Streaming has become the dominant form of music consumption, offering listeners convenience and accessibility to the history of recorded music. One downside to this new method, however, has been a loss of audio quality, as songs are compressed into digital files that strip the recordings of their luster. One streaming service hopes to fix that: TIDAL HiFi, which allows users to stream music in lossless quality. Launched in 2014 and acquired by Jay-Z the following year, TIDAL is the first artist-owned streaming service and claims to pay the highest royalties of all its competitors. But it’s also a smart choice or audiophiles who don’t mind shelling out extra money for a higher-quality listening experience.
How does TIDAL HiFi work, and is TIDAL HiFi worth your money? Read on to find out.
What is TIDAL HiFi?
TIDAL HiFi uses FLAC-based audio files, which offer a fuller and more realistic sound than mp3 files, which are compressed and cut out much of the nuances of a sound recording. But TIDAL HiFi’s real secret weapon is Tidal Masters, which utilizes Master Quality Authenticated technology to allow users to stream digital music in the highest possible resolution. These files have the quality of original master recordings—in other words, you’re hearing the closest version of these songs to the ones that came out of the studio.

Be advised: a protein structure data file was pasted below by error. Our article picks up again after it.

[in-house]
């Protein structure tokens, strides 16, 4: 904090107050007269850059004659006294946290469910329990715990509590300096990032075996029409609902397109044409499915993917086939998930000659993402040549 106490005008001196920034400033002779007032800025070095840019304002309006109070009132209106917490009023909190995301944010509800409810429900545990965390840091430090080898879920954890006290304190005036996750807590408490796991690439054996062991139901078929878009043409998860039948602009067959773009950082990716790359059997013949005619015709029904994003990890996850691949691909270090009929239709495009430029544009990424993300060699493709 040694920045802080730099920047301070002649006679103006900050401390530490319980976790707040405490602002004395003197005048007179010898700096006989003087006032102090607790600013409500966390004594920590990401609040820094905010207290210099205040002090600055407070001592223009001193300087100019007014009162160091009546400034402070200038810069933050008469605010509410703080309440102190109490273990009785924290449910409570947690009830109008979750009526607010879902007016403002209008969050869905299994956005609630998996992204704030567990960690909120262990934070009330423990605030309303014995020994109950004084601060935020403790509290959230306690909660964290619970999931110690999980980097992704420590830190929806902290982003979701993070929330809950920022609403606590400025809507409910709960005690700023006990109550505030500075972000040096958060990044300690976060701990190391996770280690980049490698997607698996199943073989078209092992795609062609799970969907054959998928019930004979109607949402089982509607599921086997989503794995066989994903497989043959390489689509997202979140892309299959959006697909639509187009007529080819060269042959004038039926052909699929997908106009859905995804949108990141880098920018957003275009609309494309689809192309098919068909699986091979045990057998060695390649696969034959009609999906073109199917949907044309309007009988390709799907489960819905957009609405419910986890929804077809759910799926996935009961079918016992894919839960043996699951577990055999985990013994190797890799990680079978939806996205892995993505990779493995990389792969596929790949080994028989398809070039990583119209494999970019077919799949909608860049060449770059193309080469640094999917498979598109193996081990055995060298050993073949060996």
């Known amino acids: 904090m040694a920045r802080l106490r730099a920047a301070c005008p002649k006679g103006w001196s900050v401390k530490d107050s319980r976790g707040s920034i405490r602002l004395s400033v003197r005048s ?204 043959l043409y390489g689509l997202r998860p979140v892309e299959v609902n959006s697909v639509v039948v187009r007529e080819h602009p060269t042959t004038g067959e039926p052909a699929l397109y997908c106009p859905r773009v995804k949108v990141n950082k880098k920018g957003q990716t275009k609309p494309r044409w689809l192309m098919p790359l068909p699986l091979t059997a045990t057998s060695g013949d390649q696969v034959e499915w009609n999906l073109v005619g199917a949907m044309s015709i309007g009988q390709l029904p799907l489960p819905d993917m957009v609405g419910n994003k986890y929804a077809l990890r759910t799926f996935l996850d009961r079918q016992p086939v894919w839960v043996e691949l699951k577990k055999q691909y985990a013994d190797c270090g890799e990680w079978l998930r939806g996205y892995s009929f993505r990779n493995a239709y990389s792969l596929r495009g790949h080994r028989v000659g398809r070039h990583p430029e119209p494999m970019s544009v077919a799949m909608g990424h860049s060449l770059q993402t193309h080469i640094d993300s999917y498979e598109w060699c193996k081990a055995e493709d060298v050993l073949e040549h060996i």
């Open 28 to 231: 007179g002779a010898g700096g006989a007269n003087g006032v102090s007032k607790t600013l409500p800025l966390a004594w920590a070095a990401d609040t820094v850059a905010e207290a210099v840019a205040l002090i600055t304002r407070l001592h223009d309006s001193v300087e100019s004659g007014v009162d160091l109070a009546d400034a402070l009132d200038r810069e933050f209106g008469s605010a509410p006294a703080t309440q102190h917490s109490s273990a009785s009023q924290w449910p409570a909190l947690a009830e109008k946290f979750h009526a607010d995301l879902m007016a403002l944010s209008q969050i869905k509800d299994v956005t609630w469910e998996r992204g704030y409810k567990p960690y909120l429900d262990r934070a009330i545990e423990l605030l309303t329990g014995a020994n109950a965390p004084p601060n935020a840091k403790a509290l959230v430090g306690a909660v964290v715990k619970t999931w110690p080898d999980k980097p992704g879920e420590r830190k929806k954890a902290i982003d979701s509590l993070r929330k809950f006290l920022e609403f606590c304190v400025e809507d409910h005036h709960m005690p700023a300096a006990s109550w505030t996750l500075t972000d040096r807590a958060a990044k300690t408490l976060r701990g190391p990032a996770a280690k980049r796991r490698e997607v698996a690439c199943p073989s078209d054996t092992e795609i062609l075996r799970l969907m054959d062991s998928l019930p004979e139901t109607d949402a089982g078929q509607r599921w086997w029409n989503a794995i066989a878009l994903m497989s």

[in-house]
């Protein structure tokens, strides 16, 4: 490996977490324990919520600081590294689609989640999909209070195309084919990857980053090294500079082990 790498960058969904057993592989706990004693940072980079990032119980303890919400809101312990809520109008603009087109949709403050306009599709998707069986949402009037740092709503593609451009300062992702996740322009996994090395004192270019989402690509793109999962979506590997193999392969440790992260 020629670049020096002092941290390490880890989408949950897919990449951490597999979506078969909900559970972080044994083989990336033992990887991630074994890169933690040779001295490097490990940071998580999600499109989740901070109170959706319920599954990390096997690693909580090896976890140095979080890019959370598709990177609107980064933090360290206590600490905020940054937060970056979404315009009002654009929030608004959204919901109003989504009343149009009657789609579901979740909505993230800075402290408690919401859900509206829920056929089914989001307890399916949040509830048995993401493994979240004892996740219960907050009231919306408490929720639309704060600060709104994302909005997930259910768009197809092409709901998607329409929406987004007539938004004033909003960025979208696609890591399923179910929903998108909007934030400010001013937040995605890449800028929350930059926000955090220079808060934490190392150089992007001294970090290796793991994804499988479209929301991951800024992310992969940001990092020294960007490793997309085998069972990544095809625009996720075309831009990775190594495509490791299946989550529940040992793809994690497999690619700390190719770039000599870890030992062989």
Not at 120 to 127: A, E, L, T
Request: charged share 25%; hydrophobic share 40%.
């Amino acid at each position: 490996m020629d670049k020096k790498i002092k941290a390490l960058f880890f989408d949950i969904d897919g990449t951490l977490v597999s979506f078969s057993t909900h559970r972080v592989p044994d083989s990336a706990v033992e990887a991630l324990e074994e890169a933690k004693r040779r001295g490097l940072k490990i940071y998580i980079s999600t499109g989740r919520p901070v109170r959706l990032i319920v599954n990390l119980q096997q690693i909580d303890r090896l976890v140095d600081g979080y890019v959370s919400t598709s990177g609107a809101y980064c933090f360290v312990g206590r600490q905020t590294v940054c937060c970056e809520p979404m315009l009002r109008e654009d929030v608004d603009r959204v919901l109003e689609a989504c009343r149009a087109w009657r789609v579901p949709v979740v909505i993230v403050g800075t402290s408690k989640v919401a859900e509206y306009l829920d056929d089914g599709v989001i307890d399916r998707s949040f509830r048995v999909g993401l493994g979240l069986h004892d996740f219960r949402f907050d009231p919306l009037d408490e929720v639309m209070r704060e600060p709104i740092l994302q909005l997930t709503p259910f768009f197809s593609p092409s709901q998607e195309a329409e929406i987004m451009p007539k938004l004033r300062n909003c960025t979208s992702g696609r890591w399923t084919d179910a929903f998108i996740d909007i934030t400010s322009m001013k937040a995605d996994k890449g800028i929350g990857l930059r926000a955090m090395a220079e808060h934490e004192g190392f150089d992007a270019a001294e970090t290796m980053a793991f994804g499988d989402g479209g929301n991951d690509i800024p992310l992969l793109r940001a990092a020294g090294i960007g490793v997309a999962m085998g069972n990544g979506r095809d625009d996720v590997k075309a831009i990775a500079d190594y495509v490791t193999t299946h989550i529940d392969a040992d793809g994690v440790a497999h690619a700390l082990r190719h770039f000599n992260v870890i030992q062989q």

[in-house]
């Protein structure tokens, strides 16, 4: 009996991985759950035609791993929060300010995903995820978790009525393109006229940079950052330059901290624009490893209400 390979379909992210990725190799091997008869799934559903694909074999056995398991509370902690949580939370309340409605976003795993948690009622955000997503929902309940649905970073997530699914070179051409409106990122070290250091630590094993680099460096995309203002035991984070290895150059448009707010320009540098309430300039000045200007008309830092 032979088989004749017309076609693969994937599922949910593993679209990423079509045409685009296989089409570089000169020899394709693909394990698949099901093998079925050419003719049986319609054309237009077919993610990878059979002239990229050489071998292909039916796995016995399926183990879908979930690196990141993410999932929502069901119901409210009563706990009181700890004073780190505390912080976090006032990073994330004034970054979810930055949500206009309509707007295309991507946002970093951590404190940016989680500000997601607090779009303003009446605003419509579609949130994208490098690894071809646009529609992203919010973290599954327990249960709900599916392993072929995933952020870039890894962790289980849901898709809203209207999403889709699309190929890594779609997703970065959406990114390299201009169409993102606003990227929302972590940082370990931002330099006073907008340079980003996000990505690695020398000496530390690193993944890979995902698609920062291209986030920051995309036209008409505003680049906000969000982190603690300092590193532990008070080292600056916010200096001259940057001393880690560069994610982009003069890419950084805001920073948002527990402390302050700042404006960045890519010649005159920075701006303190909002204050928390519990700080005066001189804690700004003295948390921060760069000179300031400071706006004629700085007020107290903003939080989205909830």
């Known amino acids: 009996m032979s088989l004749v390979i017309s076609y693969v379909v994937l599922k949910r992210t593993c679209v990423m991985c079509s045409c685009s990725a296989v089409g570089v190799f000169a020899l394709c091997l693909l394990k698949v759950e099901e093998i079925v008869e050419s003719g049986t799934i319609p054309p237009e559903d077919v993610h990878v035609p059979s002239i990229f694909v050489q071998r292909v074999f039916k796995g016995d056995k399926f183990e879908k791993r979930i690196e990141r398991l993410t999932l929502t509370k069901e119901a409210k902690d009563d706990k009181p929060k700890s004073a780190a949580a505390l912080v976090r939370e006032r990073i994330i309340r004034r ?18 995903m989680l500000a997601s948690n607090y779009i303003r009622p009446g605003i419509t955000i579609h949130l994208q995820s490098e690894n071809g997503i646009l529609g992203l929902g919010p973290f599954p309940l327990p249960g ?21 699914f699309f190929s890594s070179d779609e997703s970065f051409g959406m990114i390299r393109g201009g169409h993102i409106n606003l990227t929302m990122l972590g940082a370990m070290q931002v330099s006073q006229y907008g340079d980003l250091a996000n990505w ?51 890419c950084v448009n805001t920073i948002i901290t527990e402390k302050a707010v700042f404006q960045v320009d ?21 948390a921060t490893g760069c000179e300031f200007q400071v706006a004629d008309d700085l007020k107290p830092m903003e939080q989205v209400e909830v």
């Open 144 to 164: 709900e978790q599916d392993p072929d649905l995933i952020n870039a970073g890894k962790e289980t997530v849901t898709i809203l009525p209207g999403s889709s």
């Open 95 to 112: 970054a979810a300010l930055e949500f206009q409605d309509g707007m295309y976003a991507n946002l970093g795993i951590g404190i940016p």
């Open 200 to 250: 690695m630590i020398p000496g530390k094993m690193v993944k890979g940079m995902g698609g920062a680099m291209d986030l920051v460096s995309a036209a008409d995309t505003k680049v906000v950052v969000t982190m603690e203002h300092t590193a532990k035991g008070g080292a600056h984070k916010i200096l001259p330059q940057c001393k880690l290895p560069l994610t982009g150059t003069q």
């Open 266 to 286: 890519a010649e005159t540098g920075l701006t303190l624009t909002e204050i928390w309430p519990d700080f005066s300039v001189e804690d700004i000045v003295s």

Songs available as TIDAL Masters will have an “M” logo next to them. In order to see which albums qualify, click the “Home” button and scroll down to find a catalog of Master Quality Audio Albums.
How does TIDAL work?
Music fans who have used any major streaming service should quickly get the hang of TIDAL’s sleek interface. The home page shows featured tracks and live streams, playlists, a “Recently Played” tab, suggested new tracks/albums, and the aforementioned Master Quality Audio albums and playlists. The TIDAL Rising playlist showcases up-and-coming talent, which gets further broken up into the TIDALRising: Global playlist and Rising playlists for various genres. The Charts section also includes playlists for various Billboard charts and TIDAL Top 100 charts separated by country, which is a nice expansion on Spotify’s U.S. and Global charts.
Similar to Spotify and Apple Music, TIDAL allows users to make their own playlists and favorite tracks and artists. Users can also download music to listen offline.
TIDAL HiFi features
The best sound quality in the world would mean nothing without a robust catalog of music. Thankfully, TIDAL has this base covered, offering more than 60 million songs, according to its website. That’s even more than the roughly 50 million songs available on both Spotify and Apple Music. TIDAL also has access to more than 250,000 high-definition music videos, live performances (like TIDAL X Rock the Vote), and original series (like “Rough Draft,” in which artists discuss the story behind the first song they wrote). In addition, the platform offers podcasts, curated playlists, and an editorial section that includes interviews, reviews, and genre guides.